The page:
Apparently there are some travel agents who are misinforming their clients about how Seabourn's 5% onboard booking discount works and this has now filtered out onto the internet. In an effort to clarify things I offer the following.
Seabourn has recently expanded the program in two ways:
1. If you make a refundable deposit onboard or if you book a cruise within 30 days of disembarkation you receive a 5% discount on the cruise fare (but not the taxes).
2. The standard deposit is $1,000, but on certain cruises Seabourn is accepting a reduced $500 deposit.
Contrary to what has been posted out in the interwebs, that 5% is not deducted from the travel agent's commission. What happens is the cruise fare is reduced by 5% and, obviously, the travel agent does not receive a commission on that 5%, but does received a full commission on the resulting 95%.
For example, if a cruise was selling for $6,000 + $50 in taxes, the 5% discount would result in a fare of $5,700 + $50 in taxes...a nice $300 savings. The only supposed loss to the travel agent would be whatever his/her commission rate is on $300. (The travel agent still gets a commission on the $5,700 less that portion which is called the Non-Commissionable Fare - NCF - which is a thorn in the side of every travel agent placed there by most, but not all, cruise lines. BTW, Regent doesn't have NCFs.)
Why is that important to know? Because some travel agents are telling people that they cannot discount, provide onboard credits or give other added value because Seabourn has taken a large amount of their commission away from them. That is simply a ruse or utter ignorance.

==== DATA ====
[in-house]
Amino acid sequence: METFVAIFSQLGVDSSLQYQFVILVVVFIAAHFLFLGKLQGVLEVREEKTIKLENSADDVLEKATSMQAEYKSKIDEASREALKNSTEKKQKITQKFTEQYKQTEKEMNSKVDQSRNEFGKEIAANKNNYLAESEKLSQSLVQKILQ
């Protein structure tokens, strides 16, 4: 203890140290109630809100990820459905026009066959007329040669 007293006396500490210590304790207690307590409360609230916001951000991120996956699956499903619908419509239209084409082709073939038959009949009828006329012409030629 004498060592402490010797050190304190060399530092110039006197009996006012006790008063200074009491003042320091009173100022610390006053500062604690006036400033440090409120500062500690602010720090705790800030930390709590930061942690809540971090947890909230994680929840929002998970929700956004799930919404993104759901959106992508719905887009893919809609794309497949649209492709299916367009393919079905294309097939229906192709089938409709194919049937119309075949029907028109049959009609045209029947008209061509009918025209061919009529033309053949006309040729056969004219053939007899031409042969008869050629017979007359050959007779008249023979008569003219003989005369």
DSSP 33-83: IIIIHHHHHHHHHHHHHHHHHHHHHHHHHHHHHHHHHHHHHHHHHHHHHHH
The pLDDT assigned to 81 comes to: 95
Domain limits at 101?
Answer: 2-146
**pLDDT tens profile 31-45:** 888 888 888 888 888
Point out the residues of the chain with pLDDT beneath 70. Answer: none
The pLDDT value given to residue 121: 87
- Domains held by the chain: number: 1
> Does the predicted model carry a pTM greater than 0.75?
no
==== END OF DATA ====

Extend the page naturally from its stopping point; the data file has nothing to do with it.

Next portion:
Because some travel agents are telling people that they cannot discount, provide onboard credits or give other added value because Seabourn has taken a large amount of their commission away from them. That is simply a ruse or utter ignorance.
Man - that just ticks me off...
When a travel agent intentionally misinforms a client about anything - especially discounts on cruises, that is a solid indication they only care about one thing - making as much money as possible off of you.
It reminds me of the class warfare we are seeing in this country now - agents who figure "if you have the money you might as well share it with me."
The problem is that the agent/customer relationship has to be based on trust. If you have an agent you cannot trust then you have the wrong agent.
I am the editor, but I also speculate, ask questions and play devil's advocate. I reserve the right to change my mind.